Grain stores wanted for sentinel role

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Image of a sentinel silo

'Vulnerable' grain stores are wanted as part of a new surveillance program monitoring for exotic stored-grain pests and diseases.

PHOTO: Jim Moran

A program to establish sentinel silos is being launched in Victoria, as part of an early-warning surveillance system targeting the invasive exotic stored-grain disease Karnal bunt and exotic pest khapra beetle.

Sensitive or vulnerable communities of plants and animals have long been used as sentinels, providing an early warning about the presence of pests and disease – or toxic gases, as in the past use of canaries in coal mines.

Victorian grains biosecurity officer Jim Moran believes the grains industry can benefit from a similar approach for stored-grain pests and diseases: “The kind of silos we’re looking for are essentially the exact opposite of those we recommend as best practice for grain storage. We need the most vulnerable, most at-risk grain stores,” he says.

“These silos or grain bins won’t be sealed well, and the grain won’t be treated with chemicals to control insect pests and fungi. They’re probably not inspected on any regular basis.”

He says the most likely candidates are silos or grain bins used for livestock feed on mixed farms or intensive livestock operations, such as chicken, duck or pig farms.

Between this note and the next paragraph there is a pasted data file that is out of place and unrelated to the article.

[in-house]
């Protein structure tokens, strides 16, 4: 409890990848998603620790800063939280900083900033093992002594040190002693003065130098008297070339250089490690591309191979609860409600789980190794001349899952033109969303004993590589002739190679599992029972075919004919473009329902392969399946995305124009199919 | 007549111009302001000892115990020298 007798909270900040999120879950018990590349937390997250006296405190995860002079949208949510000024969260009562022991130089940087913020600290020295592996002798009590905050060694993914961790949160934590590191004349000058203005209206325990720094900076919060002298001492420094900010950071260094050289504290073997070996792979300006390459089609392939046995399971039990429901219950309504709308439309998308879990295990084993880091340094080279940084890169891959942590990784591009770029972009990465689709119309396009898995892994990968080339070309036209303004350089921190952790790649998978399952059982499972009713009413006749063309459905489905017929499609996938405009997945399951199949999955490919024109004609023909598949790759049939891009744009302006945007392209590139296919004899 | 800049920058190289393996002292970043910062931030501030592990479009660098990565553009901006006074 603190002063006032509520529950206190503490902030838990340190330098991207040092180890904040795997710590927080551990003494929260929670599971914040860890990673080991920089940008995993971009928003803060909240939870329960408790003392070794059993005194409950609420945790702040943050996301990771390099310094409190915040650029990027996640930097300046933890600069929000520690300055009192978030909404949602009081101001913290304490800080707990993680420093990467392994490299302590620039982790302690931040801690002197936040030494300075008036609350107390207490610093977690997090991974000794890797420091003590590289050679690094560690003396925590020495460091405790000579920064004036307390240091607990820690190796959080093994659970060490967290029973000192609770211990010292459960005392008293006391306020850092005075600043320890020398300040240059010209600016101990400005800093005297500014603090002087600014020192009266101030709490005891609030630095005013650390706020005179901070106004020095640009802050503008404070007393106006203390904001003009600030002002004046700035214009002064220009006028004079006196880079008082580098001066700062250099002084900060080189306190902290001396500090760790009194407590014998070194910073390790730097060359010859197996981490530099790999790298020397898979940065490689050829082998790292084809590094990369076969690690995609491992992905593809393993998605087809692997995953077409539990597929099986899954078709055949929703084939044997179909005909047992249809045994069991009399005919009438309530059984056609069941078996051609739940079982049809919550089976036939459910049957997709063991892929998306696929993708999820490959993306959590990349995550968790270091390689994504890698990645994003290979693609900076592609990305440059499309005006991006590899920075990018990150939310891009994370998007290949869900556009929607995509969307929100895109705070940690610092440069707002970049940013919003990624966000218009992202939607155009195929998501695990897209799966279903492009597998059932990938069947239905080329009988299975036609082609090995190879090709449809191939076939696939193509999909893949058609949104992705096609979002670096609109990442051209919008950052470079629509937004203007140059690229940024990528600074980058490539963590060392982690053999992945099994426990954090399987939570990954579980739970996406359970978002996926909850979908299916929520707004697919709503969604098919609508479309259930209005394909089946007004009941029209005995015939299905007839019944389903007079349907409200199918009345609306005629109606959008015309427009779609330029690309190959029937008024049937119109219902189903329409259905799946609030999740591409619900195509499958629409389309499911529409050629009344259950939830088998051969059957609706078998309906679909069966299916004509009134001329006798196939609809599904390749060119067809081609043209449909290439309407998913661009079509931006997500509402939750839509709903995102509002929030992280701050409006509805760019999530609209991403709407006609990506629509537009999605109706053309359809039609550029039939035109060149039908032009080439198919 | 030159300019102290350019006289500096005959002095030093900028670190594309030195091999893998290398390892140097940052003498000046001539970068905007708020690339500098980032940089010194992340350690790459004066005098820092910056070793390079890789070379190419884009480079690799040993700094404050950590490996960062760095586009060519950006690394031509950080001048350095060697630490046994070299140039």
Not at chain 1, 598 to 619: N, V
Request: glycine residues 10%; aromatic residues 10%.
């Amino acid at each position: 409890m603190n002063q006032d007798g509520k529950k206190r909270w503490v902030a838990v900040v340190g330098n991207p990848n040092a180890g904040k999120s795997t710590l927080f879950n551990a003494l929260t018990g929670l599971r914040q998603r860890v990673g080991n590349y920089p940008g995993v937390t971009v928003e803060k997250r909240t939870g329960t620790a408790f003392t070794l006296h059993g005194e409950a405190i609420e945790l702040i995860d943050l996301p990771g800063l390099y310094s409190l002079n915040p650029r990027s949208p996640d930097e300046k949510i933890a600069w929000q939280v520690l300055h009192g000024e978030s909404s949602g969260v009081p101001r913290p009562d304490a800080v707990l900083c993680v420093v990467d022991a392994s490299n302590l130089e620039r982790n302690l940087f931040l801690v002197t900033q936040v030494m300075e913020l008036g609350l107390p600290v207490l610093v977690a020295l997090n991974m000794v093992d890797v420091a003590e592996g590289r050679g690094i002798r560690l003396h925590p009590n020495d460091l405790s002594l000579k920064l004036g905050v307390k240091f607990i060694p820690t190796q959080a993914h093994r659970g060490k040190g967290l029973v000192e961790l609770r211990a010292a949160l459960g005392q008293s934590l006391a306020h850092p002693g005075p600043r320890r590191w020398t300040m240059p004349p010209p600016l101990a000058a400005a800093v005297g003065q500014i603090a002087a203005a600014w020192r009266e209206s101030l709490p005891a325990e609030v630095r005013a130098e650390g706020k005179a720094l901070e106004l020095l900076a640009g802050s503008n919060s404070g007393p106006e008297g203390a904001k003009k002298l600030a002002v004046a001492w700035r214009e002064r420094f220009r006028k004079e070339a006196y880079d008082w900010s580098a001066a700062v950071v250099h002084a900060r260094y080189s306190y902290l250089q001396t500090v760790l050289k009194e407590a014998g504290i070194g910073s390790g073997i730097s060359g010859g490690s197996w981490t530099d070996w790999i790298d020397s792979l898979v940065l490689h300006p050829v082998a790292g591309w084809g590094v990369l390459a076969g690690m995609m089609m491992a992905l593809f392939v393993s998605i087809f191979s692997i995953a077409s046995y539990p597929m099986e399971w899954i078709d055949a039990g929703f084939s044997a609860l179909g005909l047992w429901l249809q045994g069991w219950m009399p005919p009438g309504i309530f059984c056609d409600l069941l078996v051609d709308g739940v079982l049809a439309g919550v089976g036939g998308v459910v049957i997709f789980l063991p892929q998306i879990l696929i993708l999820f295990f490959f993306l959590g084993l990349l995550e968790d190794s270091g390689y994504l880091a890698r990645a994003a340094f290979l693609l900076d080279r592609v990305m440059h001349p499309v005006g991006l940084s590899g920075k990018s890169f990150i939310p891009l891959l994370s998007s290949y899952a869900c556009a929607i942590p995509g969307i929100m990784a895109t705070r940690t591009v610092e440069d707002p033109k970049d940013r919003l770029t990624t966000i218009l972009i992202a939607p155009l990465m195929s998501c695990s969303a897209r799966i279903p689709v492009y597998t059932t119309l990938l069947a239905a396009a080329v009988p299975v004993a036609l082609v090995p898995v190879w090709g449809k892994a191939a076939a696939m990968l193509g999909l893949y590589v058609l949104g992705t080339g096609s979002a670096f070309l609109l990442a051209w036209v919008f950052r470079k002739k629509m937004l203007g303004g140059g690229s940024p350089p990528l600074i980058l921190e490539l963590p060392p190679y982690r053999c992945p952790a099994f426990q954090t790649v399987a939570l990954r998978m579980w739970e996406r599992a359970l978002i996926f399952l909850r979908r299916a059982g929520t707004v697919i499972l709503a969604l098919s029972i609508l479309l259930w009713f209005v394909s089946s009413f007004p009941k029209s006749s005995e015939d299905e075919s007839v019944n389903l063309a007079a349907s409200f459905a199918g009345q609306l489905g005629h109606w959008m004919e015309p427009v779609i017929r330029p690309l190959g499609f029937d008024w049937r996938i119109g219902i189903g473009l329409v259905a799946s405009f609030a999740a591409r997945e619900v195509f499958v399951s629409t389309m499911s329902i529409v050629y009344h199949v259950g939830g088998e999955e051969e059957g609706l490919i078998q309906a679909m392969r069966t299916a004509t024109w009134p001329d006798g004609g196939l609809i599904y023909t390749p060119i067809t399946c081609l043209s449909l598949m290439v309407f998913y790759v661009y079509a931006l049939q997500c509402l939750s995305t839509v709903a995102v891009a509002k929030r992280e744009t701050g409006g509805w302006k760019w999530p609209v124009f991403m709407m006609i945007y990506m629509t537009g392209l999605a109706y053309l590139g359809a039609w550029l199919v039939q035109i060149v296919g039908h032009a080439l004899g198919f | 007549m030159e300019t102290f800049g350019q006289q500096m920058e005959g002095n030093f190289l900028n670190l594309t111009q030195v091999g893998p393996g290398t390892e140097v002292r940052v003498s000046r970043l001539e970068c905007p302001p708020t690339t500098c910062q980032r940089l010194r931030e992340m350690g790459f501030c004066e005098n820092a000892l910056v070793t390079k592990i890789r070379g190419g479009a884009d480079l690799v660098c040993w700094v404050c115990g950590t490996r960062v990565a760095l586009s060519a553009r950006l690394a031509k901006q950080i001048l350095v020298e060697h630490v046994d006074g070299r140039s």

He is keen to find some sentinel sites in coastal areas, near ports, and near large commercial grain bunkers or receival sites.

“These areas represent the greatest risk for a pest or disease outbreak, potentially shutting down export markets,” Mr Moran says.

After an initial survey to identify all insects and fungi present in the sentinel silos, three-monthly surveys will sample only for Karnal bunt and khapra beetle.

The program will provide more rigour to Australia’s ‘area freedom’ status for these pests, which are of international concern, as well as providing early warning of any incursion.

Mr Moran says those who participate will be making an important contribution to protecting the reputation and future of the Australian grains industry. The location of all sentinel silos will remain confidential.

More information

Jim Moran, Agriculture Victoria
03 5430 4479,

Jim Moran can give you advice about taking part in the program or nominating a potential participant. 


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